Goal B:  Increased Strength (Some Soreness...)

If your goal is to get stronger, your workout should consist of lifting heavy weight at a fairly quick tempo. By doing so, you improve the coordination of muscular contraction which results in more strength. Even though the majority of strength gains come from this improved muscle coordination, the nature of lifting heavy weight is going to break the muscle tissue down, albeit less than hypertrophy training will, resulting in some soreness.

Goal C:  Lose weight/Burn fat (Minimal Soreness..)

For those of you who want to burn fat and ultimately lose a few pounds, you should experience some soreness after you incorporate changes into your resistance training routine, as I mentioned earlier. However, for the most part you should be focused on long-duration aerobic types of exercise (cardio), since it is one of the best ways to burn fat.

So What’s Happening if I’m not Sore?

Just because you’re not sore the day or two following your workout doesn’t mean that the workout was pointless, or a waste. Will your muscles get bigger - not necessarily, but that doesn’t mean other important things aren’t happening. Some of these other results of exercise are listed below:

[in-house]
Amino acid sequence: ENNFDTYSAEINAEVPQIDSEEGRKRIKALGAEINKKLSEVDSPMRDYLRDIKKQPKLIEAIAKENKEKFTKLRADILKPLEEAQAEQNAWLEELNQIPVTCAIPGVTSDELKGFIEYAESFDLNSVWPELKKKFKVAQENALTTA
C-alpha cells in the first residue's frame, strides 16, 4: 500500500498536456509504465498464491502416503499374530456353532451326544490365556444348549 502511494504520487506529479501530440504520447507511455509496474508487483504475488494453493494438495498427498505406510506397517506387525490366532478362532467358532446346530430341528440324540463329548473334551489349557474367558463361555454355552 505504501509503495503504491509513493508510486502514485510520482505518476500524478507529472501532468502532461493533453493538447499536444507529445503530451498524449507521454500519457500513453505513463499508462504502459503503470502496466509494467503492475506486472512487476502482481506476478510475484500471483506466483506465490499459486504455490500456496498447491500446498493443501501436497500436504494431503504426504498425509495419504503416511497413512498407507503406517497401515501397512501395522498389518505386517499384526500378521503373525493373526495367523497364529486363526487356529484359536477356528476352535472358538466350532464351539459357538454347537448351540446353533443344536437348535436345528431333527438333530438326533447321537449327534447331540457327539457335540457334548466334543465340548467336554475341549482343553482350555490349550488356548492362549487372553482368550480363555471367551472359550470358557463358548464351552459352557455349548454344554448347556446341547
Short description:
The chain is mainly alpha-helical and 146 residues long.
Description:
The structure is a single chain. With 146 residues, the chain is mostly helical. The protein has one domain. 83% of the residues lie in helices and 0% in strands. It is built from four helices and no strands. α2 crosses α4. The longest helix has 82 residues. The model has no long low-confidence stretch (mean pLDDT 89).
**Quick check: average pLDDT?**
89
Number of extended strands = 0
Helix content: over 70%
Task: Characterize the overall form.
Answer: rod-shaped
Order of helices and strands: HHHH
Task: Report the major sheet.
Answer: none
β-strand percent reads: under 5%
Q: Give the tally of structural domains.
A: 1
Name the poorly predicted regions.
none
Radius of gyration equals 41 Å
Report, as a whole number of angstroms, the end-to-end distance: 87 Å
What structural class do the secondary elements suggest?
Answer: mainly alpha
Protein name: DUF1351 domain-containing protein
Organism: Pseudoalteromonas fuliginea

• Stress Relief – A well-known benefit to exercise is its ability to relieve tension and reduce overall stress.
  • Stronger Heart – Exercise, as we all know gets the heart rate going, and the result of the increased heart rate is a stronger ticker.
  • Improved Circulation – As a result of a strengthened heart (which pumps blood throughout the body), circulation is improved resulting in healthier tissues and organs.
  • Improved CoordinationDuring certain exercises, particular muscles are targeted but other muscles are still working to keep things in order. The body’s ability to control the ‘other’ muscles is continuously improving with each round of exercise.
  • Energy Pathway Efficiency – Different tasks place different demands on the body, (which is why cardio is better exercise for burning fat) requiring energy either more or less immediately. Exercise introduces demands that require both immediate and slower forms of energy, which causes the body to use its different energy pathways ultimately making them work more smoothly.

 

Recap:

So there you have it – There are plenty of positive things happening in your body as a result of exercise, but if your goal is to have bigger, more defined muscles then soreness is something you want and need to experience after your workouts. That’s not to say if your goals are just to stay healthy and not to have bigger muscles that you’ll avoid being sore altogether - any quality training program should routinely present challenges that the body isn’t used to which will, more often than not, result in at least minimal soreness. Embrace it!